Research and development expenses consist primarily of professional fees, research, development, manufacturing expenses, wages and stock-based compensation. Research and development expenses increased by $3.7 million for the three months ended March 31, 2022, as compared to the three months ended March 31, 2021, primarily due to increases in manufacturing expenses, professional fees, employee headcount, and the ramp up of research and development activities in support of our preclinical programs.

Change in Fair Value of Warrant Liabilities

Change in fair value of warrant liabilities reflects the changes in the fair value of outstanding warrants, which is primarily driven by changes in our stock price. The fair value of warrant liabilities was $0 at March 31, 2022 and December 31, 2021, therefore, no change in fair value was recognized during the three months ended March 31, 2022. We recognized a gain of $0.09 million from the change in fair value of warrant liabilities for the three months ended March 31, 2021.

Equity in Losses on Equity Method Investment

We account for our investment in DepYmed common shares using the equity method of accounting and record our proportionate share of DepYmed’s net income and losses. As of March 31, 2022 and December 31, 2021, the carrying value of DepYmed common shares was $0 and, as such, the Company did not record its proportionate share of losses during the three months ended March 31, 2022. Equity in losses during the three months ended March 31, 2021 was $0.04 million.

Other Income, net

We recognized other income of $0.3 million during the three months ended March 31, 2021 related to the sale of certain intellectual property to DepYmed in exchange for shares of Series A-4 preferred stock. Other income recognized during the three months ended March 31, 2022 was not material.

Results of operations for the six months ended March 31, 2022, reflect the following changes from the six months ended March 31, 2021:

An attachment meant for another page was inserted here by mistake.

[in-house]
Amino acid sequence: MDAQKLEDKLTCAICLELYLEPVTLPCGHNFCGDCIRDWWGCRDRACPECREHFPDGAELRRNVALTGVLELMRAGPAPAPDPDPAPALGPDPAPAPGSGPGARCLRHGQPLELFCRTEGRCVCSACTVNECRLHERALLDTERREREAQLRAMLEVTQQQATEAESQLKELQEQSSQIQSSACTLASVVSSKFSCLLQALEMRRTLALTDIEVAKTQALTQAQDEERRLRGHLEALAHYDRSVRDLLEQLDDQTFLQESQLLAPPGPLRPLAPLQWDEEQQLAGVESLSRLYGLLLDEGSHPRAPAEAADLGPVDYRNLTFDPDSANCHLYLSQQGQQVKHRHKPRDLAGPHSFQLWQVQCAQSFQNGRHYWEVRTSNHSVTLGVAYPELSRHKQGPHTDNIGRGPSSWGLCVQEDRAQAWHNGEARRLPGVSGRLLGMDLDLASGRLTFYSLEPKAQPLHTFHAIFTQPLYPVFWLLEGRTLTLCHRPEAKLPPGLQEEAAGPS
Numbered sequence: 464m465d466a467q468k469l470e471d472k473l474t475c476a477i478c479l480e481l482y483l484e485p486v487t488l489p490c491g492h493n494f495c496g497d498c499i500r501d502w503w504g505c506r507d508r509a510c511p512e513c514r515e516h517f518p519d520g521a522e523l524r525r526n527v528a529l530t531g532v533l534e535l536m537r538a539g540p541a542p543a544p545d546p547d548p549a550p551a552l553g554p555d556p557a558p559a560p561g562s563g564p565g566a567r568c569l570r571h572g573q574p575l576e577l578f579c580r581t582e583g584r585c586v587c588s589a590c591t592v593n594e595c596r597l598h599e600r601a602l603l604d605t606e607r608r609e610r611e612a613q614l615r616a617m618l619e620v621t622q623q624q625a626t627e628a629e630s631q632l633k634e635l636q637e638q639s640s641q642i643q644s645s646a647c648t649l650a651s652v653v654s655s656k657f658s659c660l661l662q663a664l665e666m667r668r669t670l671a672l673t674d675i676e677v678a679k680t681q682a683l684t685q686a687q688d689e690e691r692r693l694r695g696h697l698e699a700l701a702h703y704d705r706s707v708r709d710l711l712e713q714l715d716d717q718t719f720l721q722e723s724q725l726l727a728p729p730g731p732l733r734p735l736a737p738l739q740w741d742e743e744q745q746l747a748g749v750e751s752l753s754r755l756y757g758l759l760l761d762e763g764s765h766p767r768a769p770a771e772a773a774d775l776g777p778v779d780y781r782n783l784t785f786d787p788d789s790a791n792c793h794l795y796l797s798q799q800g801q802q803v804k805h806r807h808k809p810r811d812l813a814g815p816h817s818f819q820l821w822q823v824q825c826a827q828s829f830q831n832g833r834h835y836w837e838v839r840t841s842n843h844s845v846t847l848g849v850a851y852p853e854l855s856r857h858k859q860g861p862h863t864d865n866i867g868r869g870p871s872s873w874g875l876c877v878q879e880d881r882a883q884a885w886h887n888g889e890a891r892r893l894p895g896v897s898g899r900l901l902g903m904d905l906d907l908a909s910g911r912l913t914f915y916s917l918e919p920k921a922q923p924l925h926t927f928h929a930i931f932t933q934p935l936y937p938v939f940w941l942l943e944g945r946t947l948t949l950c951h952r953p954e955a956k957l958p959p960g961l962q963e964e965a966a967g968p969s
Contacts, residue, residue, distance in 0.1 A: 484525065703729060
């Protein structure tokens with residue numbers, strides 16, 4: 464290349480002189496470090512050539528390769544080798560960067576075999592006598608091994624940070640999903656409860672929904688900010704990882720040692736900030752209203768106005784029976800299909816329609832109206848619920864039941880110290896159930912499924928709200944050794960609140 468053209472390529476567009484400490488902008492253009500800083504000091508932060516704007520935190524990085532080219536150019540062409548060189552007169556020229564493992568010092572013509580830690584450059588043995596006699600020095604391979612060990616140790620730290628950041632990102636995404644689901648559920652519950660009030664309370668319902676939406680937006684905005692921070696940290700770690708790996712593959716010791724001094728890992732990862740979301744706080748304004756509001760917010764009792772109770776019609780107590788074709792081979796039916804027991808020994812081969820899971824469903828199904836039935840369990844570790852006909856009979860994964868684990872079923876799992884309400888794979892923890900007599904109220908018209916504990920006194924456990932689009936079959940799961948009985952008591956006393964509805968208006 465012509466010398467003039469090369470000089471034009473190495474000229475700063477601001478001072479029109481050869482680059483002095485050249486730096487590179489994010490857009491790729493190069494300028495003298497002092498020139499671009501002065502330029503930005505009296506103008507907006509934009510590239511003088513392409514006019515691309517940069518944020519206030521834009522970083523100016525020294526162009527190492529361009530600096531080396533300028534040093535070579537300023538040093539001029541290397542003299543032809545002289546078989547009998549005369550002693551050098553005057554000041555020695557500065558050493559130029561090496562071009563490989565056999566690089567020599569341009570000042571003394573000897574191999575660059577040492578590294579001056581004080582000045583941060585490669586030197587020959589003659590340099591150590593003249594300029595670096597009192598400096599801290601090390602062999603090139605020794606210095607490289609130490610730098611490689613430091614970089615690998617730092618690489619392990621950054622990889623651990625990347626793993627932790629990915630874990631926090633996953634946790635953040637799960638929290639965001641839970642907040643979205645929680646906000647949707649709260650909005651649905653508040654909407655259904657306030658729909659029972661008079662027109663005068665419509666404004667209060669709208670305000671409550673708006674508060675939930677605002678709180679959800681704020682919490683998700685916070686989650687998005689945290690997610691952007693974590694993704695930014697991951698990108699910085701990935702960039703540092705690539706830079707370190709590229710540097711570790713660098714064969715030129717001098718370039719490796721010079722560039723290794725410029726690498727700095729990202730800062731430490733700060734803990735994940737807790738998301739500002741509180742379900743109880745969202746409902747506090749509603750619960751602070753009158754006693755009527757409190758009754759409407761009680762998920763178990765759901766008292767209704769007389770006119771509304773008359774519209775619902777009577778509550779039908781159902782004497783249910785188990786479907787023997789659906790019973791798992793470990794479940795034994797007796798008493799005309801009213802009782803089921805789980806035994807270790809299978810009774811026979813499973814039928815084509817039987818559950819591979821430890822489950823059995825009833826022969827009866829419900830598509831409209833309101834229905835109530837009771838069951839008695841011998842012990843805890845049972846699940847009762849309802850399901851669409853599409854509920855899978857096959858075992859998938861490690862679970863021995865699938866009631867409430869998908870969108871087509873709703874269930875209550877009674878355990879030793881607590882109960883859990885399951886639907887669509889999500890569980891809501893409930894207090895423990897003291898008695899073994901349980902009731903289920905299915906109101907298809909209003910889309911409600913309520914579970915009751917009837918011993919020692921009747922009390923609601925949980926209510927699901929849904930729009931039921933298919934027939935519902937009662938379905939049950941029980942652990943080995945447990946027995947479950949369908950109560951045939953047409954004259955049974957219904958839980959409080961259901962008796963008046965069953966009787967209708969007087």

Six Months Ended March 31,

 

    

2022

    

2021

    

Change

OPERATING EXPENSES

  

 

  

 

  

General and administrative

$

6,029,423

$

5,363,110

$

666,313

Research and development

 

11,204,927

 

5,194,053

 

6,010,874

TOTAL OPERATING EXPENSES

 

17,234,350

 

10,557,163

 

6,677,187

LOSS FROM OPERATIONS

 

(17,234,350)

 

(10,557,163)

 

(6,677,187)

OTHER INCOME (EXPENSE)

 

 

 

Interest expense

 

(18,535)

 

(16,197)

 

(2,338)

Interest income

 

4,699

 

9,466

 

(4,767)

Change in fair value of warrant liabilities

 

 

720,709

 

(720,709)

Equity in losses on equity method investment

 

(415,744)

 

(61,539)

 

(354,205)

Other income, net

 

11,085

 

316,724

 

(305,639)

Total other (expense) income, net

 

(418,495)

 

969,163

 

(1,387,658)

NET LOSS

$

(17,652,845)

$

(9,588,000)

$

(8,064,845)

During the six months ended March 31, 2022, our operating loss increased by $6.7 million compared to the six months ended March 31, 2021. Our net loss increased by $8.1 million for the six months ended March 31, 2022, as compared to the six months ended March 31, 2021. Until we are able to generate revenue from product sales, our management expects to continue to incur net losses.

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General and Administrative Expenses

General and administrative expenses consist primarily of legal and professional fees, wages and stock-based compensation. General and administrative expenses increased by $0.7 million for the six months ended March 31, 2022, as compared to the six months ended March 31, 2021, primarily due to increases in professional fees, settlement costs, and wage expenses, partially offset by a decrease in stock-based compensation expense.

Research and Development Expenses